DAYTON, A MANUFACTURING CITY
by Charles Sullivan
On March 22 1796 a group of people prepared to make a settlement at Dayton, going in three parties. One party under Samuel Thompson, to go by boat down the Ohio river to the mouth of the Miami river and up that river to St. Clair street, where they arrived on April 1st 1796. This was in March, and the weather is generally cold and windy and the river high and with quite a current. There were some children with them and they all must be fed. Another party, under Col George Newcom, taking live stock with them, going horseback or otherwise by way of Hamilton did not arrive until three days later. The third party under Wm Hamer in a two horse wagon going by way of Lebanon were still another day later. He settled on a piece of ground set aside for religious work known at Tate’s point and is now used by Focke’s slaughterhouse, for he was a Methodist preacher. After his family was settled, it is reported that in 1902, he built a grist mill, probably in the present Eastwood park and had the whole country coming to him to grind their meal.
In 1812 Henry Leatherman built a dam upon this location, carrying the water past Focke’s and along the present Gaddis Blvd to the north end of Harbine ave where he built and operated a saw mill. He used this mill until 1820 when Cooper’s mills burned down at Water & Foundry streets and he rebuilt them and used them, giving up the old location at Harbine ave.
In 1829, the Miami & Erie canal was built and in operation as far as Dayton, making it possible to use water power to run our factories beside giving transportation to people and freight. In 1844 Leat Berman sold this hydraulic property, to Horatio Phillips, Daniel Beckel, and F. D. Edgar under the name of the Dayton Hydraulic Co. and they extended the hydraulic along the edge of the hill to west of Beckel street where it made a T furnishing water power to all the factories along Front street and a few along east First street east of Front. This made a fine factory district furnishing power to them and wasting the water into the canal. Among these factories, was the Simon Gebhart and the Bruns flour mills the Chas Parrott and the J. Land Reed plow factories, the Gray flax mill, the Mead & Nixon Paper mill, afterwards moving to Chillicothe as the Meade Paper Co. These made quite an addition to the factories and they in turn, brought many men here to get work and the east end of the city was rapidly built up. Front street was quickly built up solid with all first class brick buildings.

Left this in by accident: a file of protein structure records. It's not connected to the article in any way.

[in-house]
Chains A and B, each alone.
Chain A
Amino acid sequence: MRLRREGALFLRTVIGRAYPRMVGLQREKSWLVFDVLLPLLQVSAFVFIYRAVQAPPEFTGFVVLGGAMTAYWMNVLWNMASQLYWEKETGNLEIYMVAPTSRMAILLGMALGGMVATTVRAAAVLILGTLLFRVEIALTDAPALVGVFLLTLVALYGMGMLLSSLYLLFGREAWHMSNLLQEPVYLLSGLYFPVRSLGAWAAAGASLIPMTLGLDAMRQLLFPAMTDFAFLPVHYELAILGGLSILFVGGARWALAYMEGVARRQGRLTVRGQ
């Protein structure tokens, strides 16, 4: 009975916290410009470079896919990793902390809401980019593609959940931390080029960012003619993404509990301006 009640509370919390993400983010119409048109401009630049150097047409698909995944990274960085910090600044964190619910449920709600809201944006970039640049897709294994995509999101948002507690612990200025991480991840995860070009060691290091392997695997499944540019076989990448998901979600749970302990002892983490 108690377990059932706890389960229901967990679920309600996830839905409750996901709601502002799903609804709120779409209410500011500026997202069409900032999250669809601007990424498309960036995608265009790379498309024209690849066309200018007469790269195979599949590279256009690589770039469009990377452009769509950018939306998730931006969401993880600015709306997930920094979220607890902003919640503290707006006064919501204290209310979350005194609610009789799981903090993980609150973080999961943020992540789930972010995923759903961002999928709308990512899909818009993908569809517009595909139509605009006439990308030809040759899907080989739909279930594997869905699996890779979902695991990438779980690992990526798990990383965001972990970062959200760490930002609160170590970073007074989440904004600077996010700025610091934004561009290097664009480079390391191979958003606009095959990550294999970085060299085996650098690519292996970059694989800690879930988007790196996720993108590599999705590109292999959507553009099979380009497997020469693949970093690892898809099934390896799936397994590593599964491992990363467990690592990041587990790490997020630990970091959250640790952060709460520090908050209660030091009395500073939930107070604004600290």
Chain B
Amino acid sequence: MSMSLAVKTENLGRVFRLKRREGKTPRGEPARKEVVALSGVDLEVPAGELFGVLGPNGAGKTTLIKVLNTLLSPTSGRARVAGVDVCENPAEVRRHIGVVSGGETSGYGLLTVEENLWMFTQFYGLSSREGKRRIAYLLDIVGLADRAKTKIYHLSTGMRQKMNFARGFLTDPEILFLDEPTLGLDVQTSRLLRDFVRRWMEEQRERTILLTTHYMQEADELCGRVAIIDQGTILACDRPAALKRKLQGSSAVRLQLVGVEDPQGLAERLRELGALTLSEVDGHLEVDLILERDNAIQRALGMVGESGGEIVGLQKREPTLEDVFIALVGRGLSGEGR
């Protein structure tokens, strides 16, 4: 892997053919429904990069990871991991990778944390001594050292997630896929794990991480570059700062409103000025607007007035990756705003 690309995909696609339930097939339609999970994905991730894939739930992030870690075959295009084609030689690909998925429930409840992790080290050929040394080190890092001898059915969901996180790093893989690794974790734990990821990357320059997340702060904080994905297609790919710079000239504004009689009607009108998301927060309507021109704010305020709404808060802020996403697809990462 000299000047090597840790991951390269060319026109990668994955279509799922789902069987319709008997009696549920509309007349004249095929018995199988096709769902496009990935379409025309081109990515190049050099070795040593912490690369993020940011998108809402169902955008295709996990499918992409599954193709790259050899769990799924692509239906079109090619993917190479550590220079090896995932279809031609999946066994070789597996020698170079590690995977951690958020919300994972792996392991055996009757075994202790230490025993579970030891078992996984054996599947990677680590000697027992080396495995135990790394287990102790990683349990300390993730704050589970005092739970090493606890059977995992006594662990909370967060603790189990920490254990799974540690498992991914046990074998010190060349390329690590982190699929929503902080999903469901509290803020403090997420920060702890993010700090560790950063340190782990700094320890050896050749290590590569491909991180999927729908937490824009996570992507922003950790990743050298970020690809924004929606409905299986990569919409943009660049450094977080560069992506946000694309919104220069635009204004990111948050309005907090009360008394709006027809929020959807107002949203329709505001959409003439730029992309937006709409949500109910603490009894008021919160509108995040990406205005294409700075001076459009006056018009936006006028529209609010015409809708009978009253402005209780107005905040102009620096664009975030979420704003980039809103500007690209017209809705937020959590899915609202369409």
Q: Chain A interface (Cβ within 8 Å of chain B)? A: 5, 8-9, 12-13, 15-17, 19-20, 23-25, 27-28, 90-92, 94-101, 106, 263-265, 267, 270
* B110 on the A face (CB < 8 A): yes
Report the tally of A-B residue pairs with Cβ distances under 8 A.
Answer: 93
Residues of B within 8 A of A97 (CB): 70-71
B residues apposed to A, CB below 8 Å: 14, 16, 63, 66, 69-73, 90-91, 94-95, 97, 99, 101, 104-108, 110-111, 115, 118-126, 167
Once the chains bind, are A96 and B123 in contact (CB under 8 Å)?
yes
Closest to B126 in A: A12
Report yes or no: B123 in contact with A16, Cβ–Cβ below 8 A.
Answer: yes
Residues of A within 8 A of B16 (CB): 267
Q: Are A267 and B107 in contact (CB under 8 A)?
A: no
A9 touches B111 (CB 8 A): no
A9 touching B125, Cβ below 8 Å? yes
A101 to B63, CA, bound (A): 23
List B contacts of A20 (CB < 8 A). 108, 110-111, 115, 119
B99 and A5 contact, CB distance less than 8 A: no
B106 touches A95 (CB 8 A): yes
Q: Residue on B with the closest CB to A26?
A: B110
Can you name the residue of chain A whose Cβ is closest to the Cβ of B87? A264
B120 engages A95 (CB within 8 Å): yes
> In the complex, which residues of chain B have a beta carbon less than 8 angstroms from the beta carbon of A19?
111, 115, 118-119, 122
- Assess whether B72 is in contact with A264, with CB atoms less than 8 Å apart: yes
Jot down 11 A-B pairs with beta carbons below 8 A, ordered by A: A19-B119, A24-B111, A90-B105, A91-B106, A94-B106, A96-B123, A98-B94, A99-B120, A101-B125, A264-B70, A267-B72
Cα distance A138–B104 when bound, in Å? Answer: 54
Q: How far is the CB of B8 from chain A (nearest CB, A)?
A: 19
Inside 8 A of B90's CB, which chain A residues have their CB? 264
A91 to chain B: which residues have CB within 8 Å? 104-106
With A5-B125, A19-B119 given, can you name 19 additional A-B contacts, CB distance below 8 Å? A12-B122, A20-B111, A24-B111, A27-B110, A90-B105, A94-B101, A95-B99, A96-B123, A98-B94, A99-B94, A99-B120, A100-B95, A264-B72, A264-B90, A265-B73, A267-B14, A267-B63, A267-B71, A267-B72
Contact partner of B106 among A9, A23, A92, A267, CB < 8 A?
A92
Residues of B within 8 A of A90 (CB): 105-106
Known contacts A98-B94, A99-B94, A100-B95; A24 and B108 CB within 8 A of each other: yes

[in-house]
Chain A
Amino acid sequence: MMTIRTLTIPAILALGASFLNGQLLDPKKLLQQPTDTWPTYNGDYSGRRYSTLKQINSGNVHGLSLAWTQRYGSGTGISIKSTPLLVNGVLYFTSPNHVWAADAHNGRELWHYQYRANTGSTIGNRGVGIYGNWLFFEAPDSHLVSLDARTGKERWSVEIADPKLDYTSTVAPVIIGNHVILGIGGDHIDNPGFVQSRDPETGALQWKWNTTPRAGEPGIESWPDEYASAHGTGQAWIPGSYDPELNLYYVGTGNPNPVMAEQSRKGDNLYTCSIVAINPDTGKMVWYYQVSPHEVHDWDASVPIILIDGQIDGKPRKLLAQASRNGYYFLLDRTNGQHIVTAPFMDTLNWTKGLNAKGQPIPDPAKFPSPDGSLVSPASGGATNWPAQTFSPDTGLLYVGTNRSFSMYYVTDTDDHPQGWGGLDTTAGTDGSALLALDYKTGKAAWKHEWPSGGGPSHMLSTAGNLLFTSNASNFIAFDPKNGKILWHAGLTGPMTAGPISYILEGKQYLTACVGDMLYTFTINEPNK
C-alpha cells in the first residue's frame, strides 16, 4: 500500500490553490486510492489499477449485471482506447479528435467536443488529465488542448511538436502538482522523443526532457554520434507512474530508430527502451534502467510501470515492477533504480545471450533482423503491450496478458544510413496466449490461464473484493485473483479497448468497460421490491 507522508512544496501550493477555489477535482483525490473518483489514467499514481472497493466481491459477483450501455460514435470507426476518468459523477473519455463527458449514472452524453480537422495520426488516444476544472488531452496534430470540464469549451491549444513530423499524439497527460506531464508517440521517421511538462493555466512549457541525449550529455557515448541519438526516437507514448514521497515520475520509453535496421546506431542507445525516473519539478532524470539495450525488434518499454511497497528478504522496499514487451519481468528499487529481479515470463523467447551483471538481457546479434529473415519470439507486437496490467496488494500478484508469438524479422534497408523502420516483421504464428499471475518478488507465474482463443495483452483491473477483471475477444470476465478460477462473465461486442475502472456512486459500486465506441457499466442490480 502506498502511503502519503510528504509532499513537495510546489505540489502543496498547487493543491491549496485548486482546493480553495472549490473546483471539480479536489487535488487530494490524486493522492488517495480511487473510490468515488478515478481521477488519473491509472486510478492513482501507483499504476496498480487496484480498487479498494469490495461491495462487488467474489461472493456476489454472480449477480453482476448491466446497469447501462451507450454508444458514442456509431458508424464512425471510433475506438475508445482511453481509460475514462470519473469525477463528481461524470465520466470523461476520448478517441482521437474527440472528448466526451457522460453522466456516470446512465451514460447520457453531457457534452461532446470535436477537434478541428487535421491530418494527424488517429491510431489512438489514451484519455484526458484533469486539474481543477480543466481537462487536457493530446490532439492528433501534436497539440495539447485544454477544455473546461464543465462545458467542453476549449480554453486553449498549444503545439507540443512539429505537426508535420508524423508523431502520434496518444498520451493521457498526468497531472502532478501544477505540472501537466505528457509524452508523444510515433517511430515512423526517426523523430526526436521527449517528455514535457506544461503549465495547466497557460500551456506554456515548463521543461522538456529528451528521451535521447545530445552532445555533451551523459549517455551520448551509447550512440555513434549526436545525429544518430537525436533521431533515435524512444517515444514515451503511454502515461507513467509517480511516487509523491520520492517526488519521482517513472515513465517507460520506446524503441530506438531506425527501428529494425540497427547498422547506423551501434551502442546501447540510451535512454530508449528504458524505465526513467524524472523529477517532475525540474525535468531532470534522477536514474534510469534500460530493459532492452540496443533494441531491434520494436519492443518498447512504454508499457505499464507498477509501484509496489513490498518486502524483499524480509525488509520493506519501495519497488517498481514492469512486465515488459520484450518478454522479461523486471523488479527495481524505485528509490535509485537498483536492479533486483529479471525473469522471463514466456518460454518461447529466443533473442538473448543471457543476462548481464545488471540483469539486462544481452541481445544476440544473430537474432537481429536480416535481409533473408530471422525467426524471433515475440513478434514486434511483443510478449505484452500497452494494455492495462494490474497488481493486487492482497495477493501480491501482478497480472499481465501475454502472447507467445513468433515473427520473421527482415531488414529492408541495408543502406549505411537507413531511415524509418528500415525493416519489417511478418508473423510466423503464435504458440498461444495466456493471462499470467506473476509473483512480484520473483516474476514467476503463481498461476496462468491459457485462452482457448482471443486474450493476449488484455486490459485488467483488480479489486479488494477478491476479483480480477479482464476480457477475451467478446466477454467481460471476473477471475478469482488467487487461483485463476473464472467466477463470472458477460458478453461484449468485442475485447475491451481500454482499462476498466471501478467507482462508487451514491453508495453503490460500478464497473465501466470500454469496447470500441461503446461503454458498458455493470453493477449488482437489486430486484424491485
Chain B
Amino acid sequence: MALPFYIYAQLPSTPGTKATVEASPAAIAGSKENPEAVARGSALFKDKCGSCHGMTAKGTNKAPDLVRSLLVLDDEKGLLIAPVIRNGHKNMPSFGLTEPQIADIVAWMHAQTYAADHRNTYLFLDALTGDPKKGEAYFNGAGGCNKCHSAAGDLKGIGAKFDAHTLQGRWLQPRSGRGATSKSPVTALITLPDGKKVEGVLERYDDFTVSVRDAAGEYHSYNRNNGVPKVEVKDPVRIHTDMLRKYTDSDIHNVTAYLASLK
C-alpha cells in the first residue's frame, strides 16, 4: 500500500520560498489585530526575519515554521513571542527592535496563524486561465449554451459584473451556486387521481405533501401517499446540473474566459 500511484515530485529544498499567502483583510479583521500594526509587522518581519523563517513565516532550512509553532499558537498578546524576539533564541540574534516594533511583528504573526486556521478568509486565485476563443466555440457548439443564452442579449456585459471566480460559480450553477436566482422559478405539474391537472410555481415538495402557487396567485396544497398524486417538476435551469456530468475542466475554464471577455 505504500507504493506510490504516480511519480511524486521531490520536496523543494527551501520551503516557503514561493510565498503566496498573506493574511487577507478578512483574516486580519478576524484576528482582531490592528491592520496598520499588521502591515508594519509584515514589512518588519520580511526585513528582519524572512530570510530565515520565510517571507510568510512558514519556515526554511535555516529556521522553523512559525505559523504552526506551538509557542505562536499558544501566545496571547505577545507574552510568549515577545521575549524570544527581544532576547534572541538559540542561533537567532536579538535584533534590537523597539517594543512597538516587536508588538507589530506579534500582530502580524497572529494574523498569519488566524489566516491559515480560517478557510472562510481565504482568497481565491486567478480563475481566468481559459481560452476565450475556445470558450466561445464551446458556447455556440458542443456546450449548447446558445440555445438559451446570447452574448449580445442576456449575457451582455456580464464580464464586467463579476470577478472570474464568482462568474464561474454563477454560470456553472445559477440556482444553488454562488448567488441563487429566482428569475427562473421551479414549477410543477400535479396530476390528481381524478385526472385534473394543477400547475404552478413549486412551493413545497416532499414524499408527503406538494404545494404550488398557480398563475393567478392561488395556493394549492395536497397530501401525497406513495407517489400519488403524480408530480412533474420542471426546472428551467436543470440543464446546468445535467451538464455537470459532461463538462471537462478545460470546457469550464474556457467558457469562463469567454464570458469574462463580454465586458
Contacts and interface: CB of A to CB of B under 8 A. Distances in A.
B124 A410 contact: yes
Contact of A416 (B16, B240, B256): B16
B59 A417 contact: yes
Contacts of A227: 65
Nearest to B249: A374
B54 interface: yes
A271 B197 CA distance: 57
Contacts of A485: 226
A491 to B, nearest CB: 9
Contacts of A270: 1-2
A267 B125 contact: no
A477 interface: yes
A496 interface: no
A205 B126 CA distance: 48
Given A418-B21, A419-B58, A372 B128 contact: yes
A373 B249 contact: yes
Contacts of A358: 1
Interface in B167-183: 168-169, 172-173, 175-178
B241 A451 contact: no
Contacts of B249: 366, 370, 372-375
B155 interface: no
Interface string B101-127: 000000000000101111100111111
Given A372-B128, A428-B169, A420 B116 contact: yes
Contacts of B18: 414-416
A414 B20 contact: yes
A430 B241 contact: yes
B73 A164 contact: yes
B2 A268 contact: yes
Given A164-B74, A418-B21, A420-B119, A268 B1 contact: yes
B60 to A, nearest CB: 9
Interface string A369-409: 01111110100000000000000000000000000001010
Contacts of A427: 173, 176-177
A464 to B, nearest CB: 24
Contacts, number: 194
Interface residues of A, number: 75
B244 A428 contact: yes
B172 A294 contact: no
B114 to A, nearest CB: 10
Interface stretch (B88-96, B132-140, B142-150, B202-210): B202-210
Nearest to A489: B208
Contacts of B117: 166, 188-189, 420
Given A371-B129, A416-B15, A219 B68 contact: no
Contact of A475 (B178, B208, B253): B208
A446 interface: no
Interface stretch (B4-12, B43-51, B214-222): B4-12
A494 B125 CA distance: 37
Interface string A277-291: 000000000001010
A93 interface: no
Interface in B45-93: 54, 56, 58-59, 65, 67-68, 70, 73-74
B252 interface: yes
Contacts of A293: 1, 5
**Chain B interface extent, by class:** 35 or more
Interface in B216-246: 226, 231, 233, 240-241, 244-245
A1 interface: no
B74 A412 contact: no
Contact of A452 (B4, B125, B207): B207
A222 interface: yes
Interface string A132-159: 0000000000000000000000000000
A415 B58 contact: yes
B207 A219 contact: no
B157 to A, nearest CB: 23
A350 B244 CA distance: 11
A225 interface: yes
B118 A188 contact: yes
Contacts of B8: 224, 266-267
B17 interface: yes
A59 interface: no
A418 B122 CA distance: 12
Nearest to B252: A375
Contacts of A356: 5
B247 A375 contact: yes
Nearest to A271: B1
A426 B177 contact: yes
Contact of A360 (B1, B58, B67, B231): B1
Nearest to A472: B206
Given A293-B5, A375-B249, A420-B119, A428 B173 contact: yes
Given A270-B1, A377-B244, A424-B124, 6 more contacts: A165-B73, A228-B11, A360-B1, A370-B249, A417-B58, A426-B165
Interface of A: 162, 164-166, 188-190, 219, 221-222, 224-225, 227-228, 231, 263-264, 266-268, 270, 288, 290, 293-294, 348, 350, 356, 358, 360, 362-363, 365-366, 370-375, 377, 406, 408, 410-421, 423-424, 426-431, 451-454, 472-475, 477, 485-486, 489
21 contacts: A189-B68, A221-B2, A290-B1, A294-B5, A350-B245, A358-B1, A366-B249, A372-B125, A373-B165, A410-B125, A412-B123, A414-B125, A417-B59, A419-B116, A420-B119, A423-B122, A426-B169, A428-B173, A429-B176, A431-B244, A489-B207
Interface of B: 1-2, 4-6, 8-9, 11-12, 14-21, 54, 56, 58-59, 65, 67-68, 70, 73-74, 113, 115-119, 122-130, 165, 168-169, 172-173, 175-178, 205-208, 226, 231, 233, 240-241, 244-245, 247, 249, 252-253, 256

This water going on down the canal, had quite a current, until just above Wayne ave, some water was diverted to the Seely ditch which was planned to be like Front Street, running by way of Madriver street, Burns ave, Apple street to the canal again. This was not a success and since it had Stagnant water, it was in trouble continually. Further down, passing the Dayton Last & Peg factory, the Cooper Hydraulic was built across Wyandot street and turning parallel to that street, ran to Third street giving power to all factories along Patterson Blvd from Third to Fifth streets. Among these were two linseed oil mills Reuzers planning mill, an agricultural implement factories and others. This power drew factories to the east side of Patterson blvd until it was filled solid.